Nachtwey had no average life, no marriage or family to lose, because from the day he decided to become a war photographer he dedicated his life to this task. He founded no family, raised no kids. He photographed. Maybe this is the reason why he didn´t become a cynic. Because he never lived the contradiction of portaying a little starving kid and a little later embracing his own healthy well-fed children. His life seems to be lead by a higher power, a continuing transformation from monk-like asceticism to fullfilling his mission. This way the most aesthetic war photographs of all times have been and are being made, and that’s what he is reproached for. Nachtwey’s pictures are truly beautiful: perfect light, wonderful composition, always very close: aesthetics of horror. In “The Village Voice”, Richard B. Woodward accuses the famous war photographer of fueling a hunger for ever more gruesome pictures, while enjoying his holy role. Furthermore, Woodward claims Nachtwey is lacking a true mission. Here comes the question: how should war be portrayed, or rather, should it be portrayed at all? What value would Nachtwey’s pictures have if they hadn’t been displayed in all their perfection in the big magazines? Would they ever have made their way there? Is a snapshot of the war a better picture when a photographer leaves aside the aesthetic aspect because of the horror he portrays? No, because these pictures would not come to light; they would be left unpublished because of minor quality. Due to their unbelievable perfection and expressiveness, Nachtwey’s pictures have gotten so far and reached such a wide audience. That’s Nachtwey’s mission, and that is why he works so relentlessly. It’ getting harder and harder for him to publish his work in glossy magazines, and therefore he shows his pictures in galleries and exhibitions as well. Who wants to set product advertisments beside mutilated war veterans? Nachtwey wants to access mass media, not elite art palaces, which are only his second choice. In the first instance, he takes these pictures to show them to as many people as possible.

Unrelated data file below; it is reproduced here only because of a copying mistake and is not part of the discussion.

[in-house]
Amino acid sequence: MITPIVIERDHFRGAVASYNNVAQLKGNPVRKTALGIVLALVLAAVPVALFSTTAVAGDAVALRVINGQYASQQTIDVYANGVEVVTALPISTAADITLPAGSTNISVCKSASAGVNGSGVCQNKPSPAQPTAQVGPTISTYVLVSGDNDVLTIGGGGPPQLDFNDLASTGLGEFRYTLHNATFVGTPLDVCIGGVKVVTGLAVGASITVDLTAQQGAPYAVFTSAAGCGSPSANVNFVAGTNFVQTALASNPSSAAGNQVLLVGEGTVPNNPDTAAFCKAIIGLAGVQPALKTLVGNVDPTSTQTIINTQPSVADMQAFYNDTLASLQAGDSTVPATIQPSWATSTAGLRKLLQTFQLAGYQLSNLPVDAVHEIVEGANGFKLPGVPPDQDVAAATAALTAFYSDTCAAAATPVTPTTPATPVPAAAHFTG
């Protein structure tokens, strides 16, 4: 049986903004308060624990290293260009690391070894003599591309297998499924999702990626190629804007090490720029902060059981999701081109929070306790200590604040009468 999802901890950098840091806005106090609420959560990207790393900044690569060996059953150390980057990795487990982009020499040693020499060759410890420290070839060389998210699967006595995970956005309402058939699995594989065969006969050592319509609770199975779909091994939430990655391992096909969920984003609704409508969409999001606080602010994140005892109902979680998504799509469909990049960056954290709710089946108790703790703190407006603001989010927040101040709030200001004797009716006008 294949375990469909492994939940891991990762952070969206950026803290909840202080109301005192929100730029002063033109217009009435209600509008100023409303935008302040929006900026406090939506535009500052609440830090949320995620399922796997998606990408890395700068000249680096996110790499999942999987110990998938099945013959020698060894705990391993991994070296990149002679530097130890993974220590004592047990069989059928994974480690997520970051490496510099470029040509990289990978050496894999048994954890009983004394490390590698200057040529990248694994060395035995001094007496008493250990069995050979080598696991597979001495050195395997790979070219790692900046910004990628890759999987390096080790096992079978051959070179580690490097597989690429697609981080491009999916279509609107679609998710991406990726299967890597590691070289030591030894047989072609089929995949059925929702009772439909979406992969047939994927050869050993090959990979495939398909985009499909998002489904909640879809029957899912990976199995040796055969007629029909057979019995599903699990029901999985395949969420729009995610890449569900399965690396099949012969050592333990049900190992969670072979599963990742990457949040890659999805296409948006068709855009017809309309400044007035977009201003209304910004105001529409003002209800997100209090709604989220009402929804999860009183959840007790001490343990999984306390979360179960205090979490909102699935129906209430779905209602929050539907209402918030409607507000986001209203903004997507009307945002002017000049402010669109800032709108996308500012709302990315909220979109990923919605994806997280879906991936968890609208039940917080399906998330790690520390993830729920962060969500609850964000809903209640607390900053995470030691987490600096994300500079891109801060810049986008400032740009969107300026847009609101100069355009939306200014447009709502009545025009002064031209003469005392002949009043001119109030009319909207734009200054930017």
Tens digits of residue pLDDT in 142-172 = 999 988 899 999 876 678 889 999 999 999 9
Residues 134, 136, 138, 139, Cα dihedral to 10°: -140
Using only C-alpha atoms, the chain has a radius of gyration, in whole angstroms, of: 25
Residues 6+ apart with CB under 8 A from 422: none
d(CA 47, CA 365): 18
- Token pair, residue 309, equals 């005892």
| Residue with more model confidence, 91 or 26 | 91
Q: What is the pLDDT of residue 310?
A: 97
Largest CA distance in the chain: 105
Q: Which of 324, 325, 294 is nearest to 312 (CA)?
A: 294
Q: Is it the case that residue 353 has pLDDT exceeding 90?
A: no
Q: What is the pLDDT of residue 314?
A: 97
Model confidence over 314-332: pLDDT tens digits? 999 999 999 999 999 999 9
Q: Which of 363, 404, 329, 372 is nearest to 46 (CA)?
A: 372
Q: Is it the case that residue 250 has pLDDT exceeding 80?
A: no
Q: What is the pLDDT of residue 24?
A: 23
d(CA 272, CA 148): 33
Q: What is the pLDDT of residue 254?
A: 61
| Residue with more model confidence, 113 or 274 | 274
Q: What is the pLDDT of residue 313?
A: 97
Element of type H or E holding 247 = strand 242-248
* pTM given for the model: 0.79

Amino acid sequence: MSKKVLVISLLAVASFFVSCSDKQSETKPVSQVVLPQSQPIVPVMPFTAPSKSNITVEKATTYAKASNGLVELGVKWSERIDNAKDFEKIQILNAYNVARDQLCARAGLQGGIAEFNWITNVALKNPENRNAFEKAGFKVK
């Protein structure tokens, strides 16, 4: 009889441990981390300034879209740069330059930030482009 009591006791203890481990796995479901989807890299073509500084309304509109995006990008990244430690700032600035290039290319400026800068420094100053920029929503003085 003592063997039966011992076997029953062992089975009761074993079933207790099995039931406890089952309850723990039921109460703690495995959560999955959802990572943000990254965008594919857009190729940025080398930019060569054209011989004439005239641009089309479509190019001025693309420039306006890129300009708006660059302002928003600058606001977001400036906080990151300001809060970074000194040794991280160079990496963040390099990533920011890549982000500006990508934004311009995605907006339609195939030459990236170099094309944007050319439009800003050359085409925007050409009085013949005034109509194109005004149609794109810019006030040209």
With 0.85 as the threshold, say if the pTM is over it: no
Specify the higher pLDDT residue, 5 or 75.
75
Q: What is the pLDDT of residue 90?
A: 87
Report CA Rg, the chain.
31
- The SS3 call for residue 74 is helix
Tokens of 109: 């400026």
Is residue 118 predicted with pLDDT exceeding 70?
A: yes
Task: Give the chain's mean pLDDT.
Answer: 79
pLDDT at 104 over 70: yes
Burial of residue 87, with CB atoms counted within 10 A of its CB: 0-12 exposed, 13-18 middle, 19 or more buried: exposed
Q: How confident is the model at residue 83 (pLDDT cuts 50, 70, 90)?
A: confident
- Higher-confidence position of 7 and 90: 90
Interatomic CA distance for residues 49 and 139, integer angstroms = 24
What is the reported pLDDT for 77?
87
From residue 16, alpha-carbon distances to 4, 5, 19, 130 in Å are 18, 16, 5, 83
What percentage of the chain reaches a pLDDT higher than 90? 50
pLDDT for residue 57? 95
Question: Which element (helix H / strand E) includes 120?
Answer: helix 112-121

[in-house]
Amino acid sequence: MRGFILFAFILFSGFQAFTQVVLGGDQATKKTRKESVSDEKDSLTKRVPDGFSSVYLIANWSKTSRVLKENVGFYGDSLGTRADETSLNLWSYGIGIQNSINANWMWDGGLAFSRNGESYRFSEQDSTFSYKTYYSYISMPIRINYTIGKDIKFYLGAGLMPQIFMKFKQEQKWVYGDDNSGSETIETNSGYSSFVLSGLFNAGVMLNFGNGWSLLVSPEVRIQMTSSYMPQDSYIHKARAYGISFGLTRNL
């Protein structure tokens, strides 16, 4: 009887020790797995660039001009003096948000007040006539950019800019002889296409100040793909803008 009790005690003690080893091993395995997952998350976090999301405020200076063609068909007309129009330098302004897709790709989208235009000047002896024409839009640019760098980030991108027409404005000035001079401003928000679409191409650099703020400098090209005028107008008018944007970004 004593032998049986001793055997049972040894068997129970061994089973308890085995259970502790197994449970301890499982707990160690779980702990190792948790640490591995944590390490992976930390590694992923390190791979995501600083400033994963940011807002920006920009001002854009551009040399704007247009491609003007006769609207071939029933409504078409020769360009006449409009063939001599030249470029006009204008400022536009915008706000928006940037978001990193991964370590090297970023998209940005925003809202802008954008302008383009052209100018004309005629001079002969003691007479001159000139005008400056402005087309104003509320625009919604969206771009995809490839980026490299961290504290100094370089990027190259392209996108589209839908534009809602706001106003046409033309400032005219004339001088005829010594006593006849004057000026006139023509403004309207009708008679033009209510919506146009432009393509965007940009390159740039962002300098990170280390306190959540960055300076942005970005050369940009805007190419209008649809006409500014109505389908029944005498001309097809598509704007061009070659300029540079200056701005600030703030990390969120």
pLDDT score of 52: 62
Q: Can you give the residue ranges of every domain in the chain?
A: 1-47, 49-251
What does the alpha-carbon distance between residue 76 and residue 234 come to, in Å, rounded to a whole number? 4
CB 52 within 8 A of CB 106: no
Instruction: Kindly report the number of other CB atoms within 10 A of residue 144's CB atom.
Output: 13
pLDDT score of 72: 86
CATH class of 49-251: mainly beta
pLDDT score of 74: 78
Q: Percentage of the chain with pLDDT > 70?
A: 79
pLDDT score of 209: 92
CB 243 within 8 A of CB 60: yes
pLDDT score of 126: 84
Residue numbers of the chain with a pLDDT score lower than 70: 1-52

James Nachtwey. West Dafur, Sudan. Mother and son.
Nobody knows who the private man is behind this work maniac or how he copes with the time in his New York loft in between assignments. The South African photo journalist and war photographer Kevin Carter won the Pulitzer Prize in 1994 for a picture taken in Sudan. You see a vulture behind a crouching and starving child. Carter took the picture but didn’t help the child. He committed suicide. In his farewell letter he says: “I’m haunted by the memories of the murder, of the corpses, of the rage, of the pain …, of starving and wounded children, of trigger-happy madmen …The pain of life surmounts the joy to an extent that no joy exists anymore…”
James Nachtwey. Romania. 1990. An orphan in an institution for “incurables”.
How does Nachtwey feel when he develops a freshly shot pictures and the first prints are made? When he sees starving people creeping over dried-up land, people he stood before and pulled the trigger of his camera? It is indeed well-known that Nachtwey not only takes pictures but also offers his help when at all possible. Maybe that’s what saves him from collapsing.
Presumably, James Nachtwey will take photographs until he dies, and it’s not unlikely that he will perish during a dangerous assignment. The crux of war photography is: you cannot just stop it. Don McCullin, who was haunted by nightmares, finally decided in 1981 to quit and never return to a warzone. In 1982, he flew to Nicaracua and did a new job. Michael Herr once said, “Coming back home was always coming down. After something like that where could you get your thrill from, what could withstand, what come afterwards?”
What is still to come in the life of James Nachtwey? Nobody awaits him at home. And the war is never going to stop. And what if it did? Then his mission would be accomplished.
Translation by Katja Kirsche.
Proofread by Jennifer Franklin Elrod.
The shown interview is from the Oscar nominated movie “war photographer” from Christian Frei. Here can you buy this extraordinary movie.